We notice some cabinent cards were identified as "Ivoryettes". We do not yet know who develooped and introduced this process. The portrait in these cards had a whiter (ivory) finish than a standard albumen print. It gave a more natural look and some preffered it. We are not sure if this involved a change in the chemicals used or was an entirely different process than the albumen print. Studios like Dana in Pittsburgh and New York City used this process. We are not sure about the chronolohy. We have not yet noted it in the 1880s, but we see it being used in the 1890s and very early 1900s. This may have been a strictly American process, but our information is still limited.
Cabinent cards for about two decades were very similar. This is in large measure because they werevmeant to fit into ablums which had slots to hild them. Thus they were all about the same size. Cabinet cards were normally about 4 1/4 X 6 1/2 inches. The image took up most of the area, buta kind of bar at the bottom was serserved for the name of the photographer and the city and state on American cards. Sometimes the address was added. These cards had mattes and letering un various styles and colors. Not only was the size standards, but the area for the image was standard so that it appered correctly in the albums. Just before the turn of the 20th century we begin to see a new style of cabinet cards they were more varied in size and done on stiffer boards. They tended tobe slightly larger, usually the card, not the image. And the relative dimensions were more varied. We see only a few colors, often white and an olive or greyish green. The photographer is no longer so prominently displayed as on the old style cards. We see the old style after the tun of the century and te new style sust before the turn of the century.
About the turn-of-the 20th century in the United States we notice cabinet cards with framed affect. Many, but not all were small portraits. Here we are primarily talking about the image size, but the card mounts also varied in size. Some were on large cards. Some were on smaller cards, often long narrow cards. They look rather like paper frames, but most were done on card stock. These small portrauts were one of the many new styled cabinet cards that appeared at the turn-of the-century. We are not sure why this change occurred at this time. But the shift is very pronounced. Oval portraits were very popular in the 1900s, but we notice square and rectangular portraits as well. Many of these portraits were quite small. But other portraits covered up much of the nount. One example is Donald W. Simpson in 1901. There may have veen some in the 1890s, but we don't think that they were very common. The dates images we have found are from the 1900s. Commonly these are bust abd not full-length portraits.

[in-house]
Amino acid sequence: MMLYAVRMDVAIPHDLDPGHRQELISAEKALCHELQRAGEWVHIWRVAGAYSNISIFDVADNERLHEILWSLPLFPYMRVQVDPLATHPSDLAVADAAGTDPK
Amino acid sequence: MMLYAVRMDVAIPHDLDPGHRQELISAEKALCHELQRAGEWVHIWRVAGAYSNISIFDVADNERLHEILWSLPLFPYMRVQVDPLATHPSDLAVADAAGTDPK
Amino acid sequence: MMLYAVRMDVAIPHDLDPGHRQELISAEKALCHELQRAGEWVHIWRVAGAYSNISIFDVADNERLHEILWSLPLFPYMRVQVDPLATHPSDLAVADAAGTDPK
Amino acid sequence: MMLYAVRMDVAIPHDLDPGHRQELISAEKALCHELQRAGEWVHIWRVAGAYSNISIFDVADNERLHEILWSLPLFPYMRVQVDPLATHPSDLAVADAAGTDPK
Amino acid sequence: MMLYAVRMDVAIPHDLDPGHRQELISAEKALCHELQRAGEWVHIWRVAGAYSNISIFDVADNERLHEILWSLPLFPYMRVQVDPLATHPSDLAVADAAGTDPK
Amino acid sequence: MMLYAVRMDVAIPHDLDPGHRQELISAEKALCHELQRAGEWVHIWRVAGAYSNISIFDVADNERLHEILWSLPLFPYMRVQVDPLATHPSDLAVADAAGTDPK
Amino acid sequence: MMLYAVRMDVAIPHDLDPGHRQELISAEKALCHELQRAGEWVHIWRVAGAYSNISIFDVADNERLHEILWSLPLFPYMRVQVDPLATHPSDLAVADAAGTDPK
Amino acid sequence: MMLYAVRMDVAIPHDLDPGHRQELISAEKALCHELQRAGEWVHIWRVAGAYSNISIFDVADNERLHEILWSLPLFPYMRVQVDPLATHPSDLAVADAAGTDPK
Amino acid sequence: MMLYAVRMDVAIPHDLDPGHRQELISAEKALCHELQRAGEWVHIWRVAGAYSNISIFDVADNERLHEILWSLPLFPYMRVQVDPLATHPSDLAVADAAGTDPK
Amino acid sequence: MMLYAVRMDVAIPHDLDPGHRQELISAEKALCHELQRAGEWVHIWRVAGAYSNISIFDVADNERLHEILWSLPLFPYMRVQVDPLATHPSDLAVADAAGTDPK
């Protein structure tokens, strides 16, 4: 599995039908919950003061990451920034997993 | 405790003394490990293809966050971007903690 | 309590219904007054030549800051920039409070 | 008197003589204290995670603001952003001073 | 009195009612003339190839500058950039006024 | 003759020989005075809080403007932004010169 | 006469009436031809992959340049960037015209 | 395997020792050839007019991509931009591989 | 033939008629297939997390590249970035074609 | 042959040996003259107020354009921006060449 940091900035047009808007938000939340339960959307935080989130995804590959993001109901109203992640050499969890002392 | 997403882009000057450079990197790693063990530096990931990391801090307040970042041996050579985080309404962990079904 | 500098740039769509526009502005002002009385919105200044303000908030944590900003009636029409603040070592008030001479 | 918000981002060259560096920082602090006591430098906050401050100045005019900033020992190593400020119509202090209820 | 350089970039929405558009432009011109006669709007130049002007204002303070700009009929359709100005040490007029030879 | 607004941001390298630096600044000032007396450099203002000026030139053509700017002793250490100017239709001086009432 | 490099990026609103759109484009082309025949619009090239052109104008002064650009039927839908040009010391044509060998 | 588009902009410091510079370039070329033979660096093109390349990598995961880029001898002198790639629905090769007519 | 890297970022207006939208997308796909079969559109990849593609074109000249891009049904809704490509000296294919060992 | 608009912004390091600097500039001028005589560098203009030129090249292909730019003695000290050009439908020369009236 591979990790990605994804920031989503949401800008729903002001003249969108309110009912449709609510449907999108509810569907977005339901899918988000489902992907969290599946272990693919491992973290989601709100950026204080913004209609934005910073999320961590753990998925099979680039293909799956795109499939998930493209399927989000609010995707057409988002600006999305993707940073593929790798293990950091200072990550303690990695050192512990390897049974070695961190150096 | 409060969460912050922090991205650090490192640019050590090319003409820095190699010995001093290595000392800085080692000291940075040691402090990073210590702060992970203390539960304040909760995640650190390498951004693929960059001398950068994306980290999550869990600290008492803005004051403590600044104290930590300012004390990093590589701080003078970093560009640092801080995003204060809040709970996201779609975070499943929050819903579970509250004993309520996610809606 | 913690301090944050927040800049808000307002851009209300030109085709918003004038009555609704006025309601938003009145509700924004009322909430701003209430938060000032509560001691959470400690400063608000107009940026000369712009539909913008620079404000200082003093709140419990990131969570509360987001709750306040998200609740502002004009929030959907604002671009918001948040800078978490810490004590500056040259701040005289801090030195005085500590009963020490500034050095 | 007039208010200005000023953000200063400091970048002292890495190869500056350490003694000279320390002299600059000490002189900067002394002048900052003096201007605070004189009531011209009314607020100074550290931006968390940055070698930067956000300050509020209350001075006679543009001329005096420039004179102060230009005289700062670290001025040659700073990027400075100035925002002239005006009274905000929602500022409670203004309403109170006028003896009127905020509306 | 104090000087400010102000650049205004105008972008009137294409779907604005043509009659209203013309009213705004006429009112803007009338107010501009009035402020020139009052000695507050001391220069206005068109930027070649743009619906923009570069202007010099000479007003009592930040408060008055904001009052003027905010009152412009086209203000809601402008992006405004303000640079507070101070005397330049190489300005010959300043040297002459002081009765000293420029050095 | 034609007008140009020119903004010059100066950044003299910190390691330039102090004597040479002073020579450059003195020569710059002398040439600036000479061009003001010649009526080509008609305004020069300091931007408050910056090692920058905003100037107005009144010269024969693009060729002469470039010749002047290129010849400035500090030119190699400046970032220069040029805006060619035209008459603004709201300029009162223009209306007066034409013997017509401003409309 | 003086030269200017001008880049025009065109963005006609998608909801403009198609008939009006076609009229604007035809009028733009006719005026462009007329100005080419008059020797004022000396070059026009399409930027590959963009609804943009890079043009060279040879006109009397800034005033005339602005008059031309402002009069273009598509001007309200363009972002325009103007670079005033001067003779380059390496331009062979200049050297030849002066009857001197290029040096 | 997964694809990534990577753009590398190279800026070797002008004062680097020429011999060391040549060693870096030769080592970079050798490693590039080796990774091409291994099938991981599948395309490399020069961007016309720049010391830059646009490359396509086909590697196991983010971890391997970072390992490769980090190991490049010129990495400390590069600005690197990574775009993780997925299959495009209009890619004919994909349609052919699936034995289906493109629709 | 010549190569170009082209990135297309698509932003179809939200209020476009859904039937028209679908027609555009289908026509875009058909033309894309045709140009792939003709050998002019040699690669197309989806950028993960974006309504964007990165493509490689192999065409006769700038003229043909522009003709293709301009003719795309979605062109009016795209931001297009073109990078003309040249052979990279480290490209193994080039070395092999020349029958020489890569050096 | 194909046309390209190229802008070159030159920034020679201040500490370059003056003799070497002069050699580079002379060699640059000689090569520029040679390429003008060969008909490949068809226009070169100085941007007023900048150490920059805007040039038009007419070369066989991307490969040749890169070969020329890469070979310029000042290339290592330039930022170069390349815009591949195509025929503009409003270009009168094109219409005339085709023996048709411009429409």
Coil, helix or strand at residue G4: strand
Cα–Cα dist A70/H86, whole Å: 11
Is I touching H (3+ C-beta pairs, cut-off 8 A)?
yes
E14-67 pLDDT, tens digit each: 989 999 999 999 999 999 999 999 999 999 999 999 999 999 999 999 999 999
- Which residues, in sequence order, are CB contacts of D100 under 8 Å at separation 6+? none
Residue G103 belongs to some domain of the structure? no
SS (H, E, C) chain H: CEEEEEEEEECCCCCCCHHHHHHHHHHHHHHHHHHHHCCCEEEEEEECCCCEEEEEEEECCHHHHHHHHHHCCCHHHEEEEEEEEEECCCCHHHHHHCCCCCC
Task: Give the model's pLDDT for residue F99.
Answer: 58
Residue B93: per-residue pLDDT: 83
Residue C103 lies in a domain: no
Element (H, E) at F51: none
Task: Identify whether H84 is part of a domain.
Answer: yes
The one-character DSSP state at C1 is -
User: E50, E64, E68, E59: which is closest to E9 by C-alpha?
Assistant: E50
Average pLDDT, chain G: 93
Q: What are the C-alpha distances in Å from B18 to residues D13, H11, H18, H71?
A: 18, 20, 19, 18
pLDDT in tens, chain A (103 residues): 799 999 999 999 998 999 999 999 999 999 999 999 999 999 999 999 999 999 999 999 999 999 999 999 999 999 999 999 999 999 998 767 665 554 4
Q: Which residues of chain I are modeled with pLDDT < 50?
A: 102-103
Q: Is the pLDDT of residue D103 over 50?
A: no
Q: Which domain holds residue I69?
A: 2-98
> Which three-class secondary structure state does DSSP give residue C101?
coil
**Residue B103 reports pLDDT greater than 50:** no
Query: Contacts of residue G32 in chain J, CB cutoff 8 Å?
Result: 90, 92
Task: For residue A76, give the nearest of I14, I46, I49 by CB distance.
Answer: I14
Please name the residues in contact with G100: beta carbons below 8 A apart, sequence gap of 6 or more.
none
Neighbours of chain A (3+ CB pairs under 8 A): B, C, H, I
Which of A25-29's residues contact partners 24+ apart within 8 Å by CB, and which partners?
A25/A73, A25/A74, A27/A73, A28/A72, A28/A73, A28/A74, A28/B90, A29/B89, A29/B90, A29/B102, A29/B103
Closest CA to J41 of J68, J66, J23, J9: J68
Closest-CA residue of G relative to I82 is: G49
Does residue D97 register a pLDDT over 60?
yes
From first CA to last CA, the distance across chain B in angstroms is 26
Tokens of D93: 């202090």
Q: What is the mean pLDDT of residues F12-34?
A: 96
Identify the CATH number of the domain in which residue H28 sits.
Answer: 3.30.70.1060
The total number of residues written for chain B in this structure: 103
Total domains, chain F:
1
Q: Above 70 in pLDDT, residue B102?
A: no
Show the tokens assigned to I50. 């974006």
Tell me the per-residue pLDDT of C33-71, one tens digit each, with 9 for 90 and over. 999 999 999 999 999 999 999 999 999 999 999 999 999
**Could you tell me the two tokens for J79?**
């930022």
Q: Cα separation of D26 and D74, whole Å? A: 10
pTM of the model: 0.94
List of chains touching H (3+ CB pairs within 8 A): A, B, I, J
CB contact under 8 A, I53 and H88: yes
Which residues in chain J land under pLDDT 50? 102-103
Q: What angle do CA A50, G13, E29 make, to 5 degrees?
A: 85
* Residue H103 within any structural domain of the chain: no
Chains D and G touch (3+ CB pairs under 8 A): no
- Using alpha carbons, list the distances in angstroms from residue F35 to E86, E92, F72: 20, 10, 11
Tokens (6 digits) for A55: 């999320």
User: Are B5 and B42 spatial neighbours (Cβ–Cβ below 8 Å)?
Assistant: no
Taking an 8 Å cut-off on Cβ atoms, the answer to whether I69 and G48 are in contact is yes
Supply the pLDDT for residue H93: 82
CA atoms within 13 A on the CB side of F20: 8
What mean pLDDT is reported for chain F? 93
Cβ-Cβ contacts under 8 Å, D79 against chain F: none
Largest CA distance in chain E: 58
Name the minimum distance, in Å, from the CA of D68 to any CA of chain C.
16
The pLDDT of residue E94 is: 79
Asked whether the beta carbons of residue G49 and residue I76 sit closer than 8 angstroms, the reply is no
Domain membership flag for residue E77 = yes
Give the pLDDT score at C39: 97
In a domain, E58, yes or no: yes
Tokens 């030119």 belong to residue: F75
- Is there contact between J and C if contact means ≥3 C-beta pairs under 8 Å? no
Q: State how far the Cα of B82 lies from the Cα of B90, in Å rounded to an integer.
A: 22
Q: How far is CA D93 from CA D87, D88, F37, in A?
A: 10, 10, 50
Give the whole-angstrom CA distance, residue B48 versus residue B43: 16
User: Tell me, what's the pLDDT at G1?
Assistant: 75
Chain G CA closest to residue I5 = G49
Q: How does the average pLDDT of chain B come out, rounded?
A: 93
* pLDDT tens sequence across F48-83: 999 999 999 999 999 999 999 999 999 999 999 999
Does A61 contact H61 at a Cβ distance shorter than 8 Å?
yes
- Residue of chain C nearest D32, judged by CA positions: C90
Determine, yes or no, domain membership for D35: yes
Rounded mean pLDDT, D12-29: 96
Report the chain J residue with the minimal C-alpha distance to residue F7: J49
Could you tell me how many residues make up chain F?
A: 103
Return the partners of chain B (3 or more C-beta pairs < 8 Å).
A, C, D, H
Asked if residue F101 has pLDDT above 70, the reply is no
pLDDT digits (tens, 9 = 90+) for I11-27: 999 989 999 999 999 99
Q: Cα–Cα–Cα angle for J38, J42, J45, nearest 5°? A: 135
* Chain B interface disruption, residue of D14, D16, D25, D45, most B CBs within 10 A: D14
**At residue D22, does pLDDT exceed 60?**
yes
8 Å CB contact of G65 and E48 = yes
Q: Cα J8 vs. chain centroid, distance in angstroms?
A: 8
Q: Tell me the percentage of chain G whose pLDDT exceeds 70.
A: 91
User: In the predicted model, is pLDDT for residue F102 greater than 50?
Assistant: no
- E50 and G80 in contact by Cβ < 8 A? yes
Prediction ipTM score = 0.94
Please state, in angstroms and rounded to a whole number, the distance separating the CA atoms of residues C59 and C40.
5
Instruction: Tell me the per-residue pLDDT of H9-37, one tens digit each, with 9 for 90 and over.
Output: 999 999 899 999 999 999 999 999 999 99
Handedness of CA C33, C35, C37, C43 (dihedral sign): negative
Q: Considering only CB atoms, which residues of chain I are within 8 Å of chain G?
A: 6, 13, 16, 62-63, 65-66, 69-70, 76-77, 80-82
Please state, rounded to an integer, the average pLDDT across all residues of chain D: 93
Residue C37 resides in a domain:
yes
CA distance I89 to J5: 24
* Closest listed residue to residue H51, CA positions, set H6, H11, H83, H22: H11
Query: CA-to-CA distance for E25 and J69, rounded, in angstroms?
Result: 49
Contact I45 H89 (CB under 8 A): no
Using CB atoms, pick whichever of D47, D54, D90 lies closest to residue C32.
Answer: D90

Most of the classic cabinet cards mounts had the name of the studio and the city at the bottom. We see some European mounts that instead just said 'Cabinet Portrait'. We see large numbers of these portraits. Often the studio and city was revealed on the back, but not always. Often the back was blank. Sometimes it just said 'Souvenir'. We see these cards mostly in Eastern Europe (especially Bulgaria Greece, Romania, Russia, and Serbia). Thus they are a very likely indicator of Eastern Europe, but we can not identify the country unless other clues are present. The English words and the Latin alphabet were used even in the countries using the Cyrilic alphabet, perhaps to give an impression of foreign technology. We also see some of these cards in Germany, but not very many. We are not sure why this became so common in Eastern Europe. It could be that the volume of sales did not justify individual pritings of card stocks for every studio. But it was very common. This is something we rarely see in Western Europe. We see this from the 1870s through the 1900s. Given the long period in which 'Cabinent Portrait' asused on the mounts , it doesnot help us much withdating the images.